Olive drummed her fingers on the wood grain with suffocating impatience. 

“Well it’s obvious what we should do.” she said at length, “We ought to organize a playdate so we can spy on him. Simple.”

“Playdate?” Gabe scoffed, “What are we, four? Besides, he’s sixteen! Why would he  want to hang out with us?”

“Two years difference isn’t so bad,” Olive defended, “My parents are four years apart in age.”

“Yeah, that would be great advice, if we were planning to marry him!”

Olive sighed. “Did we have any other jobs?”

Gabe shuffled through the papers. “Yeah. All from her royal highness Penny Jenkins.” He slapped the pile on the table and stood. “Forget this bounty hunting stuff. Can’t we just sell lemonade like everyone else?”

“It’s not bounty hunting.” Olive corrected, “It’s freelance.” 

“I’d love to hear the difference between those.”

“One has class.”

Gabe ran a hand through his curly mess of hair. “Okay, so why don’t we ask adults? They’ll give us real work, with real money.”

“Yeah, yardwork.” Olive rested her chin on her hand and gazed out the treehouse window. “But Penny’s got actual spy stuff. And if that doesn’t work out, we can always go to Ashley’s and-”

“No.” Gabe smacked the table, making Olive jump. “We’re not going to go to that witch’s gambling parties again. I think it’s been thoroughly proved that you’re about as lucky as a dead raccoon. And you know Ashley’s a cheater.”

“I know, but- I mean, there’s still a chance-”

Gabe gave her his skeptical look. Olive shook her head. “Fine. Fine you’re right.”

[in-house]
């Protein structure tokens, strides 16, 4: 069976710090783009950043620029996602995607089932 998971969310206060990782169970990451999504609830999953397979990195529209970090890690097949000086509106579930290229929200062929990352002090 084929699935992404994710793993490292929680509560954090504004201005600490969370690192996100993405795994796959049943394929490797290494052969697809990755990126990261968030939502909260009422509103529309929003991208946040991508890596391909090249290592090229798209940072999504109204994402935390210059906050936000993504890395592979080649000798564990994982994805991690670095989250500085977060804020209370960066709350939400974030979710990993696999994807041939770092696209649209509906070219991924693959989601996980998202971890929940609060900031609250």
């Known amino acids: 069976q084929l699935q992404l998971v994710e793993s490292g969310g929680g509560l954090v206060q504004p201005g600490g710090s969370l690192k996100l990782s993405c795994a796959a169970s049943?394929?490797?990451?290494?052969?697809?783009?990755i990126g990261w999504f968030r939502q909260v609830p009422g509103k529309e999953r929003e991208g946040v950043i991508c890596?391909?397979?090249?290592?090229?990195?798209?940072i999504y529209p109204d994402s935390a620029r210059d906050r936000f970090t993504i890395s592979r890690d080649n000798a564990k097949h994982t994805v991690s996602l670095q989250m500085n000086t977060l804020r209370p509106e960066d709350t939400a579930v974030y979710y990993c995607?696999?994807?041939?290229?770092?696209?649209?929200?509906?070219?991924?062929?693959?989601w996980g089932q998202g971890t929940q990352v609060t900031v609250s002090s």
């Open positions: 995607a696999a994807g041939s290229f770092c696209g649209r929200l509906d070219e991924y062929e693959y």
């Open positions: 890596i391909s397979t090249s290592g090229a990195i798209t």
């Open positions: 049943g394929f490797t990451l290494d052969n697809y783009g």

“As always.”

“How about I just stick to the Penny jobs, and you do the yardwork stuff.”

“You’re stupid, but I’ll take it.”


Olive Glanced back at the papers as her friend descended the crooked ladder. Penny may have been young, and difficult, but she was richer than frosting, and almost as deceiving in appearance. Her mom would never guess the kind of allowance she’d been slipping to kids who offered to do her homework. But this assignment was different. All Olive had to do was figure out if Penny’s older brother had a girlfriend. Reportedly, he’d been spending a lot of time with a girl, though he refused to admit anything was going on. Penny’s nosey nature couldn’t resist, but she lacked the basic skills of spywork. In the sloppily written letter, she promised at least twenty bucks. That certainly would put a dent in Olive’s debt to Ashley. 

Yes, that cheeky brat’s underground gambling club had cost her sixty dollars. Unfortunately, Olive’s parents had caught wind of this just around the end of December, when the family was forcing New Year’s Resolutions on Olive and the rest of her siblings. When asked about her resolution, Olive squirmed and offered that she’d always wanted to learn how to cook. That had earned her a smack over the head. 

“You’re going to repay your debt to that Ashley!” Her mom said, “And until then, you’re not getting an allowance.”

“Then how the heck am I supposed to pay it off?” She whined, to which her dad intervened that she would get an allowance, but only for the chores she did. To anyone else, this would seem reasonable, even easy. Except for the fact that Olive was lazier than molasses. 

By some miracle, Gabe agreed to help her win the money back, plus thirty extra he would get to keep. That added up to ninety dollars that had to be earned between them. 

Well, May had sprung up already, and they’d only earned about thirty so far. Most of this was from Gabe doing chores, and Olive agreeing to Penny’s homework. It was progress, but they needed something faster. And Penny’s bigger problems might just be the answer. 

Olive grabbed her phone from the table and leapt from the treehouse, determined to get her twenty bucks by sundown. 

As one might expect from a girl with a doctor for a father, Penny’s house took up a massive amount of space. Its slanted roofs, and beige surface stood tall and proud among Minnisota’s numerous conifers. The road leading to it was even more plain and friendly, with freshly paved streets that slithered in winding paths, and the only traffic seemed to be minivans. Were it not for the bratty, rich white kids, Olive would have biked here more often.